Now it was time to connect my preamp. I was itching to watch Norm’s face smile in amazement and bless our new product. This was exciting.
Then Stan asked an interesting question. “Obviously it can’t be as good as a tube, but what about as a solid state piece?” Norm contemplated that for a moment and then said “let’s try it out. I have what I consider to be the best solid state piece around.” He then went into the closet and pulled out a really cool looking preamplifier called a Quintessence.
We played the same tracks, did the same comparison and the results this time were better. Norm said “Much closer, your little preamp’s pretty good, but not up to the Quintessence.” So we left, and I figured we were doomed. Stan cheered me up by saying “let’s figure out what the differences between the two are and see if we can tweak it to sound closer. The Quintessence is a couple of grand and ours is going to sell for under $100. If we can get even close, we’re in.” I had no idea what “tweaking” meant, but I was in.
We learned that a second Quintessence was in town and available for us to audition and test against. We also learned that internally, the two designs were remarkably similar: both based on a 709C op amp.
The first step was to open the Quintessence and see what was different. To our dismay, almost everything was different except the basic amplifier circuitry. They used a single 709C with a wrap around RIAA curve, while we used two 709’s in a passive RIAA curve (we still use this passive RIAA curve to this day). Both Stan and I were convinced that our topology was superior, so we proceeded to find out what else might be different.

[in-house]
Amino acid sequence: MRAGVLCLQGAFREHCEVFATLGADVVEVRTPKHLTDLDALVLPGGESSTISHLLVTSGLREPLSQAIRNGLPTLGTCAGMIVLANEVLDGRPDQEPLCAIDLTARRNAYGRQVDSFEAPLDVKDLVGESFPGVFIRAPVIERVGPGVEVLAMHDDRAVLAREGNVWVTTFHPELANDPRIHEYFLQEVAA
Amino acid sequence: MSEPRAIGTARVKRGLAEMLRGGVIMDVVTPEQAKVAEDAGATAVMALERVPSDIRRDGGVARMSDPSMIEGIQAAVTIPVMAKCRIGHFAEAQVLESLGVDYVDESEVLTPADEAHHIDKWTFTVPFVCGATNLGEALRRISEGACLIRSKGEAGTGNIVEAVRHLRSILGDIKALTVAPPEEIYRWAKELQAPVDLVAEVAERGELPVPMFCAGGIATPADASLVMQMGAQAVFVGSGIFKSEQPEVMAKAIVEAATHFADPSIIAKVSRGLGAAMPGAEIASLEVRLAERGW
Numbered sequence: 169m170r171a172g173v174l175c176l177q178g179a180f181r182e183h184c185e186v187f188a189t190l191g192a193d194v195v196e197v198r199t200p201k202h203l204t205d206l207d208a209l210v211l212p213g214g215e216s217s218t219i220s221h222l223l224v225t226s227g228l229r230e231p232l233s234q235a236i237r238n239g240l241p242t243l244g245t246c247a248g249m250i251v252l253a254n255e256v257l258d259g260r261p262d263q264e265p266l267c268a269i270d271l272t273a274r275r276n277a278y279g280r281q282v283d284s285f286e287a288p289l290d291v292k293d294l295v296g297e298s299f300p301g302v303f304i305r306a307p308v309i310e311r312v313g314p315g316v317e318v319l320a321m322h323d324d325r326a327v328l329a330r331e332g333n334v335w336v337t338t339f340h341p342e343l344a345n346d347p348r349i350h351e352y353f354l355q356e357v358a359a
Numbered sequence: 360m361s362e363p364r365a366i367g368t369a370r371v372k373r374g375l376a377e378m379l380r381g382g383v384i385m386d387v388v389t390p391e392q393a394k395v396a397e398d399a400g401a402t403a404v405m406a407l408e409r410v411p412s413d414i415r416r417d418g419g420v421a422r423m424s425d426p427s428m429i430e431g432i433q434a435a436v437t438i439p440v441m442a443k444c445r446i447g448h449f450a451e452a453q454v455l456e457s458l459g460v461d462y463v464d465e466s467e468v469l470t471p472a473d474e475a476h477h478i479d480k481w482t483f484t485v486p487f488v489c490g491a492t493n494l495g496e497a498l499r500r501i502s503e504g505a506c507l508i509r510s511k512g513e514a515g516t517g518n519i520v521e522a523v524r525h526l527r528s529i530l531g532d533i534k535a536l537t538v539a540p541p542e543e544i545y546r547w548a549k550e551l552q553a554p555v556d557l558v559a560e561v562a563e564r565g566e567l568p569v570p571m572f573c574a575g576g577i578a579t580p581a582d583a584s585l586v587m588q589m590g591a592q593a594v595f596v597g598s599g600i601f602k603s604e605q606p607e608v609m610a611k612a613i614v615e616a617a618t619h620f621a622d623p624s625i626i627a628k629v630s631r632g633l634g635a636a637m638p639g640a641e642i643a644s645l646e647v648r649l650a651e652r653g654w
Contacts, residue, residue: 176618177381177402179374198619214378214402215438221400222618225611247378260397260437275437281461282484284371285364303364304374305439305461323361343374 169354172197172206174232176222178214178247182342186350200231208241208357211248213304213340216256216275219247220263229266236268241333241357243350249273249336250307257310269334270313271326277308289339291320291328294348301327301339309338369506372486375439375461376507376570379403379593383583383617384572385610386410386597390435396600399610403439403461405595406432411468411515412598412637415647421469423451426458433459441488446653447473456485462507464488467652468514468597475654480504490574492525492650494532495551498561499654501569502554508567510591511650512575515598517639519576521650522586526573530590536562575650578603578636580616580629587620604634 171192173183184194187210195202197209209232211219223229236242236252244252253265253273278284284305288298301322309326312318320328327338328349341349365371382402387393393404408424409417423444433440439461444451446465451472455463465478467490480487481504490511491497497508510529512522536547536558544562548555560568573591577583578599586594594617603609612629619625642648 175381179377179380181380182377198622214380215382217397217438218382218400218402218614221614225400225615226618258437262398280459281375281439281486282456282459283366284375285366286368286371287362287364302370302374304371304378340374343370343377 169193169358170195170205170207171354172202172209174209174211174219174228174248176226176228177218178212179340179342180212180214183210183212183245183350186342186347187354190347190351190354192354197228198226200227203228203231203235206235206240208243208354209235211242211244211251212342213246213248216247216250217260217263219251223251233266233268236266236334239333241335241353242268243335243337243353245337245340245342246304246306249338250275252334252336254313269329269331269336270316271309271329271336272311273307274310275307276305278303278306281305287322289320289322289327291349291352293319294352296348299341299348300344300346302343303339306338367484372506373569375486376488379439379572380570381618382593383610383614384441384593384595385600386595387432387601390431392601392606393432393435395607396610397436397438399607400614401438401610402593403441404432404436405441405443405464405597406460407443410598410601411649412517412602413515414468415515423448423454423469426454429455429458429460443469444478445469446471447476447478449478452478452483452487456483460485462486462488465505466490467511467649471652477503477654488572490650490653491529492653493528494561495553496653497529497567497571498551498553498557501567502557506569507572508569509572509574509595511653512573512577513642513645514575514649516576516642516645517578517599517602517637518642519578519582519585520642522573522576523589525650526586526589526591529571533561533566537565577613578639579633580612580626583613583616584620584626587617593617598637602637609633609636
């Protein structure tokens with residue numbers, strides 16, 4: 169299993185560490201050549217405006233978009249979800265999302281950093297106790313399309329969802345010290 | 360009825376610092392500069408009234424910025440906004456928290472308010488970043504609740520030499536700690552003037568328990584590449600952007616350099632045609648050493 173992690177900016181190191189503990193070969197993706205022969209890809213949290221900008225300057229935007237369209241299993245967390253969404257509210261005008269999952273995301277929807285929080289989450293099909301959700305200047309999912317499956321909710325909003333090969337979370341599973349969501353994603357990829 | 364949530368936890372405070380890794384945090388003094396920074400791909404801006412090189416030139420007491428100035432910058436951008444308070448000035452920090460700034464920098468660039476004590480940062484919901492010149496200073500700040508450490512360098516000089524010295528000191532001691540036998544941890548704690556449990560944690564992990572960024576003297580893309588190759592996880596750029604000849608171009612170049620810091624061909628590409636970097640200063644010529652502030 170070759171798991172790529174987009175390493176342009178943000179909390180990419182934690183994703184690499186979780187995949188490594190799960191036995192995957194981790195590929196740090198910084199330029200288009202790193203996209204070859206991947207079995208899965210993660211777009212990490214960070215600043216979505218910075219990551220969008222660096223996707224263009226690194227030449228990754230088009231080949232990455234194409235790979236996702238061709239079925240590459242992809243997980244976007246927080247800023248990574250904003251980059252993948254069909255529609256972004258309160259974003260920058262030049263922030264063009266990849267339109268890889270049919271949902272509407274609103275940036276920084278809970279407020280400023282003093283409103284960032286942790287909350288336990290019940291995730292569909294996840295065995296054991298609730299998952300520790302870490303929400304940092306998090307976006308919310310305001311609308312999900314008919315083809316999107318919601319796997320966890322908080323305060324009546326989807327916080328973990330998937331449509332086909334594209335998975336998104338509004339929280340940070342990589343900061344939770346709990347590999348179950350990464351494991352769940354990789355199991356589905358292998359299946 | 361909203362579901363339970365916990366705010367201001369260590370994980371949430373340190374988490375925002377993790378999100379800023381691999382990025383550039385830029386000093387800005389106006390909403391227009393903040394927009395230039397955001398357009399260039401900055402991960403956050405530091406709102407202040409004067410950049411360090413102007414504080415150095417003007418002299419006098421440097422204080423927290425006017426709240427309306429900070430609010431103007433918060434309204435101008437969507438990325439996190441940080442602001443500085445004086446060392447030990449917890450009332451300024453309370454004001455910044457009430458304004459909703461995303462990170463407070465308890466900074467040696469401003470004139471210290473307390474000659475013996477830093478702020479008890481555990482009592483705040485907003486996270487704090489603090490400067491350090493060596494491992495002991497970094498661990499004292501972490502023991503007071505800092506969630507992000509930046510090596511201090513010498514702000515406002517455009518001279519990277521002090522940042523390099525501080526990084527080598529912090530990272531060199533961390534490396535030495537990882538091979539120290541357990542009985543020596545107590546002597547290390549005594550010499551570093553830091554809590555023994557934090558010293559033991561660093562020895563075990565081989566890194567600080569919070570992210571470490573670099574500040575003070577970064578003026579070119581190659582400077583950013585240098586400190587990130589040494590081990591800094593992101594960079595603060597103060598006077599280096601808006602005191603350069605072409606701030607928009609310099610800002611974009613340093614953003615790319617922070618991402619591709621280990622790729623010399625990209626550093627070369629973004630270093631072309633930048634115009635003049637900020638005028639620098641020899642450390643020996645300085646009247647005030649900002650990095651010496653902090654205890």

Without going into great detail, we spend the next four months changing the types of capacitors, resistors, learning what each area of the circuit did to affect the sound. We tried different manufacturers of the op amp and, to our surprise, found HUGE differences between them (all the same dye). We settled on Motorola, and we got closer and learned an amazing amount of information about what affects the sound; but we never could break the barrier between the two units. We were learning a lot but not finding the actual key.
“These guys will probably never get it trying to simply change parts and values. There is a fundamental problem they are overlooking and it’s the secret to our piece. It turns out that the 709 op amp, while the best sounding op amp of the day – compared to the 741 and 301 op amps – has a fatal flaw. Its output stage is class B. What we did is simply ran a volt or two of DC through the op amp to bias the output stage to class A and that’s why it sounds so much like a tube.”
Bingo. In those early days there were only a handful of op amps available. Only one sounded punchy, dynamic and musical and we both found it. The venerable 709 was a killer op amp with one flaw that these guys caught and we did not. Thanks to the camaraderie and open attitude of sharing during those early heady days of high-end, we were able to fix the problem and build the first PS Audio product, the original phono stage. It retailed for $59.95 and came with a full money back guarantee. We sold thousands of them and still, to this day, they are treasured by many.
We will always be indebted to these designers and have always shared openly with others our design ideas and thoughts because it was and still is a great tradition of the high-end.